“The [FKUB] should always be involved in discussions and their advice should always be heeded in the process of public policy making at the local level,” Tjahjo said at a FKUB national coordination meeting on Thursday.
Strengthening cooperation between various religious communities in public policy making is important, both to ensure religious harmony and to anticipate possible conflicts, Tjahjo said.
About 600 people attended the third annual Union County Day of Prayer
Nearly 600 people attended came to the Parish Community of St. Helen, in Westfield New Jersey, Wednesday evening, October 5 for “Day of Prayer and Reflection: Honoring People of All Faith Communities” sponsored by Union County Interfaith Coordinating Council and Community Access Unlimited, an organization that provides community access through person-centered support services for adults and adolescents with intellectual and developmental disabilities and at-risk youth.
Members of the clergy offered prayers and encouraged participants to look at each other as brothers and sisters and to stand up against bigotry and intolerance. Dr. Mohammad Ali Chaudry of the Islamic Society of Basking Ridge urged everyone present to sign a pledge to “stand up for the other” that reads:
While interacting with members of my own faith or ethnic community, or with others, if I hear hateful comments from anyone about members of any other community, I pledge to stand up for the other and challenge bigotry in any form.
Mother Durga (Maa Durga), the Divine Shakti (Feminine Energy/Power) represents the power of the Supreme Being. She preserves moral order and righteousness in the creation. She protects mankind and her devotees from evils, negative forces, and safeguards them.
Mother Durga was created by Lord Vishnu as a Warrior Goddess to protect good people (devas) for fighting the demons. She received blessings by various gods in the form of weapons and emblems (mudras). Therefore, Her Divine Shakti/power contains the combined energies of all the gods.
Her 8 hands carrying different kinds of weapons which represent Her 8 Golden teachings:1. Dharma/Righteousness
4. Character & Moral Values
6. Love, Devotion & Surrender
8. Forgiveness & Her Blessings
Goddess Durga is the removal of our miseries and pains and giver of Shakti, Bhakti and Mukti- Power, Love and Liberation. Let’s pray to Her asking to remove all of our imperfections and faults, purify our minds and hearts (Self-purification), and develop divine qualities (Self-Transformation). Thus we become receptacles of Mother Druga’s Grace and Her blessings of ultimate health, happiness, peace & abundance and experience Her Divine Shakti – Anandamayi Shakti (Self-Realization).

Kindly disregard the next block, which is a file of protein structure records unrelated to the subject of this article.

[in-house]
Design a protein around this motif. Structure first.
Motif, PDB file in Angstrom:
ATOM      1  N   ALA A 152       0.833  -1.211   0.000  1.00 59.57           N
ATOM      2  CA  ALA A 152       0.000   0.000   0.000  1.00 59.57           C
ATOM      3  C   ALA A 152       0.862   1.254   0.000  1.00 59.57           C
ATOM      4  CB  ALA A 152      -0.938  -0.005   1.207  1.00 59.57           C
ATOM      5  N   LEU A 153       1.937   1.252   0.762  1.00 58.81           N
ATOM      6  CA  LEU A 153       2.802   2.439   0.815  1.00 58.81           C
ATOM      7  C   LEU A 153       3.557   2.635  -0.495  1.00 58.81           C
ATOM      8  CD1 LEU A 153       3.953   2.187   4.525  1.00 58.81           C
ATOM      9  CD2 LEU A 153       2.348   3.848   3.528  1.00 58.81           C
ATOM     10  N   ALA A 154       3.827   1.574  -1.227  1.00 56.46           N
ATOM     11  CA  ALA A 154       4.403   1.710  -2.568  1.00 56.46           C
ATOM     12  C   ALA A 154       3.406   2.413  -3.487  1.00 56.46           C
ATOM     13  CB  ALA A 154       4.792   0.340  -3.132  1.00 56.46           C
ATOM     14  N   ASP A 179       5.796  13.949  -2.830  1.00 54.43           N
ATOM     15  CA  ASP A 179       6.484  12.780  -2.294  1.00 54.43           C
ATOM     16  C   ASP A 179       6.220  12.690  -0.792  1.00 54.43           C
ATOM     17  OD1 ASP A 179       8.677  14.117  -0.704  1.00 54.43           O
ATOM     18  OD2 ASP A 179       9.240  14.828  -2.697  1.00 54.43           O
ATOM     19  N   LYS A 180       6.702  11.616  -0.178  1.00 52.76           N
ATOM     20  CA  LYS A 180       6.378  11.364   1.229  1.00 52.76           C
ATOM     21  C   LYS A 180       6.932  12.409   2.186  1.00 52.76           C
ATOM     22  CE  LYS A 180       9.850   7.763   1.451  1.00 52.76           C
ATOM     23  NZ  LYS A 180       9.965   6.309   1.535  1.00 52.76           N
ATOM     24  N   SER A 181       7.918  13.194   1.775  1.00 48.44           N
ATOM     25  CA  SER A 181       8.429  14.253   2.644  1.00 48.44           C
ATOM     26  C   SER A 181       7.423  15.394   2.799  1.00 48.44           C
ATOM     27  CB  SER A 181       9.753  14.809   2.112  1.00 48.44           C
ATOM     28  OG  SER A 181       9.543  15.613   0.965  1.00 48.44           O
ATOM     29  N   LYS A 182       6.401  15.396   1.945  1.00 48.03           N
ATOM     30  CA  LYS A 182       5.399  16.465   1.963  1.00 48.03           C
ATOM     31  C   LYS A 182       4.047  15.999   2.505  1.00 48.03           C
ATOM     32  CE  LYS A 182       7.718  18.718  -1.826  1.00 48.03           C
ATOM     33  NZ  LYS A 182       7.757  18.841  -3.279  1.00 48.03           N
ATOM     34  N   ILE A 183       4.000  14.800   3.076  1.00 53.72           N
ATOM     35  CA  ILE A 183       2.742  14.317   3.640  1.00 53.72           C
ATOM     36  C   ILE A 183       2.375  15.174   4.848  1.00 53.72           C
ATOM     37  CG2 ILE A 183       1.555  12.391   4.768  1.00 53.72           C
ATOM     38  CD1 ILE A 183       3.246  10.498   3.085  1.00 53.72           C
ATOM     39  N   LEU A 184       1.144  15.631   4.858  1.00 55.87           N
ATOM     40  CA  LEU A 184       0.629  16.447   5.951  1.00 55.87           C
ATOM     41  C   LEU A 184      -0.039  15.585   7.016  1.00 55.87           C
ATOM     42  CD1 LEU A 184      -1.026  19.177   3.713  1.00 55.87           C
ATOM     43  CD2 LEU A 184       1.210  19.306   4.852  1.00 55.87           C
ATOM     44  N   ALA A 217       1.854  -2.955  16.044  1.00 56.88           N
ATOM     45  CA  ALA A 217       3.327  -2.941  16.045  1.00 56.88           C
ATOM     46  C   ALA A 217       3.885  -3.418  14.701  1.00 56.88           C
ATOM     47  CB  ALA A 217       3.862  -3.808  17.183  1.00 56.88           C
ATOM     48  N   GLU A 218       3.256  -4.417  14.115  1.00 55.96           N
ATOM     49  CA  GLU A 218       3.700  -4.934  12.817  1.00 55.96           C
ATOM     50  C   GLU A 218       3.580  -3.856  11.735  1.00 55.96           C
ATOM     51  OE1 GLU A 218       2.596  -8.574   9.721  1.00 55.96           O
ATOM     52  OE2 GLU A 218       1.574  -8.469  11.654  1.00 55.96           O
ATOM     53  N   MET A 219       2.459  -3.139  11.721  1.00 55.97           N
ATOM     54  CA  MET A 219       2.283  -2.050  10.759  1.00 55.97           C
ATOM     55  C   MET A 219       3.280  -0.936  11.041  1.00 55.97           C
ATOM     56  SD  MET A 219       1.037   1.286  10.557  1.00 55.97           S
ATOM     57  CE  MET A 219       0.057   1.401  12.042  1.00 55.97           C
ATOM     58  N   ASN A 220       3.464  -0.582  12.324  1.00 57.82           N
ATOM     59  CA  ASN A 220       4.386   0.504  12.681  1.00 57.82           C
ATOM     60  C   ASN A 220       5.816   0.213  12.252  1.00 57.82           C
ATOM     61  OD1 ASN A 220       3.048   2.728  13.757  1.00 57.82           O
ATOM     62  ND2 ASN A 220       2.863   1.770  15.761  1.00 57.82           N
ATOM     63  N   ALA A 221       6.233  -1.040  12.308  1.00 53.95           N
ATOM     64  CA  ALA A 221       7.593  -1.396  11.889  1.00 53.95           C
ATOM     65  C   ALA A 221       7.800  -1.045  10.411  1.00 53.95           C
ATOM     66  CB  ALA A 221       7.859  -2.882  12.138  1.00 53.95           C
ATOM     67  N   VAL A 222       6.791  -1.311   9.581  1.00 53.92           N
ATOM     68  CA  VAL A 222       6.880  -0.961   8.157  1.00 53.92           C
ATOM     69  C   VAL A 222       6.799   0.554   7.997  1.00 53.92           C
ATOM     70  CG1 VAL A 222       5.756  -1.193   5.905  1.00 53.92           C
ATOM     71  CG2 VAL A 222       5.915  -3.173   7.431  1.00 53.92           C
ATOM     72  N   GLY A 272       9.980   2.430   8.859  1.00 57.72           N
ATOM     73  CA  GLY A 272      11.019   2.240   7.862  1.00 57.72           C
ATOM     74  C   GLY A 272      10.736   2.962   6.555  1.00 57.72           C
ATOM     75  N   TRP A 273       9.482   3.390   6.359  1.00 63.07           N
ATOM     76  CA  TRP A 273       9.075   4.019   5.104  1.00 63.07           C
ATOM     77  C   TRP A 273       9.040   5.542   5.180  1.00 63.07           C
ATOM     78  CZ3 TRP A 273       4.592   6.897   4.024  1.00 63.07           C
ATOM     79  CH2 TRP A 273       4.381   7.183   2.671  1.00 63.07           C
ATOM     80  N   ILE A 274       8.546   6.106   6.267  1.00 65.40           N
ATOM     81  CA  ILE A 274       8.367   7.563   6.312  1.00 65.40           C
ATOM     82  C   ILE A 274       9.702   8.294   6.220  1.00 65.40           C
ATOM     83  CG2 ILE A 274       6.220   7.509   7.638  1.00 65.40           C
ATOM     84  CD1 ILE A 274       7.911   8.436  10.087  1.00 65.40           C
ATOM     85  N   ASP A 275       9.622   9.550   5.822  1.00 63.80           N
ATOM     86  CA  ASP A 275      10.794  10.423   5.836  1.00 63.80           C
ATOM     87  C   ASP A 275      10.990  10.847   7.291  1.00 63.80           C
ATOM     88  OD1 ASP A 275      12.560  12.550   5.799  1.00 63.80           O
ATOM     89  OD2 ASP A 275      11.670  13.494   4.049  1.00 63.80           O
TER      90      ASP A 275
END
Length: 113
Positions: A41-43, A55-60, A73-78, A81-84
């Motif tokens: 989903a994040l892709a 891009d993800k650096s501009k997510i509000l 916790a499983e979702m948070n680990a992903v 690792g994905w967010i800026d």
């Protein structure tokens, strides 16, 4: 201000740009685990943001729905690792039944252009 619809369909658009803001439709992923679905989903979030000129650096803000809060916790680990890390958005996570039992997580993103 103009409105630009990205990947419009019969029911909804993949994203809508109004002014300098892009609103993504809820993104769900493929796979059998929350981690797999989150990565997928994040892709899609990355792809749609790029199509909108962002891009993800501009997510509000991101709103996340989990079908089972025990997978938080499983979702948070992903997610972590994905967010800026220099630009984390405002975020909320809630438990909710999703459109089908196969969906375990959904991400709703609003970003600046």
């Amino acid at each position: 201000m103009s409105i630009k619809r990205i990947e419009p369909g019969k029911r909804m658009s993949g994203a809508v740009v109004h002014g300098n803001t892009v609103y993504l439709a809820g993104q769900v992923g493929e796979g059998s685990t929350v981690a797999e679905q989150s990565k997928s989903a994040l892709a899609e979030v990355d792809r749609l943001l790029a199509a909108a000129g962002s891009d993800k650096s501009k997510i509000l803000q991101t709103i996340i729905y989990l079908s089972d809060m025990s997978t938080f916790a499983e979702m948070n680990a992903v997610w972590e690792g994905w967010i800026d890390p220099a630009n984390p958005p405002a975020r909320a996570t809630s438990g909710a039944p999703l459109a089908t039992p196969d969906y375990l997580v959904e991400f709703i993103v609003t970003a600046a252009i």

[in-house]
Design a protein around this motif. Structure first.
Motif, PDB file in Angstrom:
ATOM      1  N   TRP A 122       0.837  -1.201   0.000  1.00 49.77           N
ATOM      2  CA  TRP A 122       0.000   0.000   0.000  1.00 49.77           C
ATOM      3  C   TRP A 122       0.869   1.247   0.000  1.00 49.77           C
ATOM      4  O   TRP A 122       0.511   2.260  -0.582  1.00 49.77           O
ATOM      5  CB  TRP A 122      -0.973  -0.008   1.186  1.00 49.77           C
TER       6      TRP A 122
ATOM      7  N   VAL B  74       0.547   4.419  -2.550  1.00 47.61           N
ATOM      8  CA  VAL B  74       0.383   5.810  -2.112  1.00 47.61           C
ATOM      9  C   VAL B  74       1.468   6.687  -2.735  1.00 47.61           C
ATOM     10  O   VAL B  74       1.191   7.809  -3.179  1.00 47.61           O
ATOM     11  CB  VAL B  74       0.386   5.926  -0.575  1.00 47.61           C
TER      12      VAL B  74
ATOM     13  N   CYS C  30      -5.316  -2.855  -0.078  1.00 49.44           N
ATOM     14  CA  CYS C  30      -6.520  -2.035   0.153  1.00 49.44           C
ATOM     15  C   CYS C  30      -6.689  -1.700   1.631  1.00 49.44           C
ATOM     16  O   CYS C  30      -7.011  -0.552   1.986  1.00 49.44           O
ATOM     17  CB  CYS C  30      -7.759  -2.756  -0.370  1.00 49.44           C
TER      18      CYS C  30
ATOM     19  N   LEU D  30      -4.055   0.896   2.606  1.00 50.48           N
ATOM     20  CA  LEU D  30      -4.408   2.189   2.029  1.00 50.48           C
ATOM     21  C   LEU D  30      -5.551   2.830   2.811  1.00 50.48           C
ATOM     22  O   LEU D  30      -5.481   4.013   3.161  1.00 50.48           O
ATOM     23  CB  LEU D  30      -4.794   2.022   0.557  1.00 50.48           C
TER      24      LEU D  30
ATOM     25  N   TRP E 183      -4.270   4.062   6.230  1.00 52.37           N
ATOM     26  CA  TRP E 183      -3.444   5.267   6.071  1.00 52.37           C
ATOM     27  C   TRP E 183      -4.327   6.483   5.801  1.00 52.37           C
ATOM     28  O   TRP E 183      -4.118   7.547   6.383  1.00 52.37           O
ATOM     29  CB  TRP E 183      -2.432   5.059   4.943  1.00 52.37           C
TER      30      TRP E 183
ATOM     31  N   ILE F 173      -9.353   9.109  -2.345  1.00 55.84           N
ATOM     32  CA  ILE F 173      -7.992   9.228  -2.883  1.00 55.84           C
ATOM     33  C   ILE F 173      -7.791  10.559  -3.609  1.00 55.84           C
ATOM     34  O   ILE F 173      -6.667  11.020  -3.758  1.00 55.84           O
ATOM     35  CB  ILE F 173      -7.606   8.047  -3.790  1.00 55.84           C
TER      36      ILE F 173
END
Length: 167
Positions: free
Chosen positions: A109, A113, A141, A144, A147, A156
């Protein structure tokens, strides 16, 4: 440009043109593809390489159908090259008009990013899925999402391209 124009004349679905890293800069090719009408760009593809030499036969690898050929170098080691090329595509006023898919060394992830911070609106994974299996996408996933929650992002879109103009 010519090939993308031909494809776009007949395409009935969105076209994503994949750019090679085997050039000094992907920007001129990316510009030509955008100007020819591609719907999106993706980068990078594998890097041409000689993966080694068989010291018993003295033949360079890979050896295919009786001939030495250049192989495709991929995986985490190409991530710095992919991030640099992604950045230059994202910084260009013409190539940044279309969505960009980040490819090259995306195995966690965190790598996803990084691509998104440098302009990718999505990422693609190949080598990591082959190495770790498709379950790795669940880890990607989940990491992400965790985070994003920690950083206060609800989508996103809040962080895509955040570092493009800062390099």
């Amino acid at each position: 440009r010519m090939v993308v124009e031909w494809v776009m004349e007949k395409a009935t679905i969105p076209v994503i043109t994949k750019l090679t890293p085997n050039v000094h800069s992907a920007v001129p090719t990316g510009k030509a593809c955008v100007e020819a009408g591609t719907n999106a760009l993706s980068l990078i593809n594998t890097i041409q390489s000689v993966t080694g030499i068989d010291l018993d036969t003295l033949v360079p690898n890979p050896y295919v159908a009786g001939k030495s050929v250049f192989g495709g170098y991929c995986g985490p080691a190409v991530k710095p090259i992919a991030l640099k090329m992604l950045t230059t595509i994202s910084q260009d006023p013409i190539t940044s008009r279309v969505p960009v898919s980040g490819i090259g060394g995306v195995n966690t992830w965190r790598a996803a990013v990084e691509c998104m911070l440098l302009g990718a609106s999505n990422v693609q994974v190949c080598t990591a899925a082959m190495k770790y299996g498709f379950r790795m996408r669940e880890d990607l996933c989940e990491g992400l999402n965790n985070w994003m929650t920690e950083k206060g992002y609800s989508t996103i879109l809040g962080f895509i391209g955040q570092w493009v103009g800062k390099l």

Three major faiths have laid claim to that city. For Jews, it’s the place where, at the End of Days, the Messiah will appear; rebuild the Holy Temple, twice-destroyed; and sort out the righteous from the rest. For Muslims, the city is sacred as the point from which the prophet Mohammad, after a miraculous night flight from Mecca, began a tour of heaven. To Christians, Jerusalem is a giant walk-through reliquary of Jesus’ life and death, with every street, every stone, soaked in his aura.
PM Netanyahu meets with East Asian and Israeli religious leaders Copyright: GPO/Haim Zach
PM Netanyahu met today with East Asian religious leaders who are in Israel for the first interfaith conference organized by the MFA, the American Jewish Committee and the World Council of Religious Leaders
(Communicated by the Prime Minister’s Media Adviser)
Religious leaders celebrating the 30th anniversary of St. John Paul II’s Assisi interfaith peace gathering in 1986 called on people from around the world to continue its legacy to combat today’s indifference and violence. The event between 18-20 September was sponsored by the Rome-based Community of Sant’Egidio, the Diocese of Assisi and the Franciscan friars to reflect on the theme, “Thirst for Peace: Faiths and Cultures in Dialogue.”
Humanity’s relationship with creation “has a direct impact on the way in which it acts toward other people,” said the patriarch, known for his decades of work on the connection between Christian spirituality and ecology. “Any ecological activity will be judged by the consequences it has for the lives of the poor,” he said. “The pollution problem is linked to that of poverty.”